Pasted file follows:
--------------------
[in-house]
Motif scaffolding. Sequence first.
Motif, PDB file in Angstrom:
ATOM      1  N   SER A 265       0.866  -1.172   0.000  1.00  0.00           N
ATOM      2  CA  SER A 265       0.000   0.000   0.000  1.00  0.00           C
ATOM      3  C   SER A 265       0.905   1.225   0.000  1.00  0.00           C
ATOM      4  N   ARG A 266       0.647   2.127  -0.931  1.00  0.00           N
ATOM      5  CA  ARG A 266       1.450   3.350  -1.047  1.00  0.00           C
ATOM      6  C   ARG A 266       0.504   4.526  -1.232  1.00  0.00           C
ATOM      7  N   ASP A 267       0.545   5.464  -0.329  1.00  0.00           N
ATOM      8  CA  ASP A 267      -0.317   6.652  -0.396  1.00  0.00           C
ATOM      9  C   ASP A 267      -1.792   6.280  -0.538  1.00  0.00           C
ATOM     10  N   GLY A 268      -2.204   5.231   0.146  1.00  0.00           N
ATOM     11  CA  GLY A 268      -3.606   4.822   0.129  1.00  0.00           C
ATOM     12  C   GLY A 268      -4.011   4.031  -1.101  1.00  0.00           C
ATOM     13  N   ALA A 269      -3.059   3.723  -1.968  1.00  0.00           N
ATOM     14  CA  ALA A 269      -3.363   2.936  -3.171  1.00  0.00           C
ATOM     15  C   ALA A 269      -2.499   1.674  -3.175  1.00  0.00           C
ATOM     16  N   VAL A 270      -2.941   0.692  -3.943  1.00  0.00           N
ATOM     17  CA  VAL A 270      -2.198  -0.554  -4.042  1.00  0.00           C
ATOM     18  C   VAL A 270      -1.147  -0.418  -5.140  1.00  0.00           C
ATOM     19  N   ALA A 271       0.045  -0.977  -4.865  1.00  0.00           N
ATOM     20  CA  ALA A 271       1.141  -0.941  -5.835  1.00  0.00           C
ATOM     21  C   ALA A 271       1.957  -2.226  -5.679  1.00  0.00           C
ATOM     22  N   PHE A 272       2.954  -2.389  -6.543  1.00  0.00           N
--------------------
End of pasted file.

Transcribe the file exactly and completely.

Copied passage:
[in-house]
Motif scaffolding. Sequence first.
Motif, PDB file in Angstrom:
ATOM      1  N   SER A 265       0.866  -1.172   0.000  1.00  0.00           N
ATOM      2  CA  SER A 265       0.000   0.000   0.000  1.00  0.00           C
ATOM      3  C   SER A 265       0.905   1.225   0.000  1.00  0.00           C
ATOM      4  N   ARG A 266       0.647   2.127  -0.931  1.00  0.00           N
ATOM      5  CA  ARG A 266       1.450   3.350  -1.047  1.00  0.00           C
ATOM      6  C   ARG A 266       0.504   4.526  -1.232  1.00  0.00           C
ATOM      7  N   ASP A 267       0.545   5.464  -0.329  1.00  0.00           N
ATOM      8  CA  ASP A 267      -0.317   6.652  -0.396  1.00  0.00           C
ATOM      9  C   ASP A 267      -1.792   6.280  -0.538  1.00  0.00           C
ATOM     10  N   GLY A 268      -2.204   5.231   0.146  1.00  0.00           N
ATOM     11  CA  GLY A 268      -3.606   4.822   0.129  1.00  0.00           C
ATOM     12  C   GLY A 268      -4.011   4.031  -1.101  1.00  0.00           C
ATOM     13  N   ALA A 269      -3.059   3.723  -1.968  1.00  0.00           N
ATOM     14  CA  ALA A 269      -3.363   2.936  -3.171  1.00  0.00           C
ATOM     15  C   ALA A 269      -2.499   1.674  -3.175  1.00  0.00           C
ATOM     16  N   VAL A 270      -2.941   0.692  -3.943  1.00  0.00           N
ATOM     17  CA  VAL A 270      -2.198  -0.554  -4.042  1.00  0.00           C
ATOM     18  C   VAL A 270      -1.147  -0.418  -5.140  1.00  0.00           C
ATOM     19  N   ALA A 271       0.045  -0.977  -4.865  1.00  0.00           N
ATOM     20  CA  ALA A 271       1.141  -0.941  -5.835  1.00  0.00           C
ATOM     21  C   ALA A 271       1.957  -2.226  -5.679  1.00  0.00           C
ATOM     22  N   PHE A 272       2.954  -2.389  -6.543  1.00  0.00           N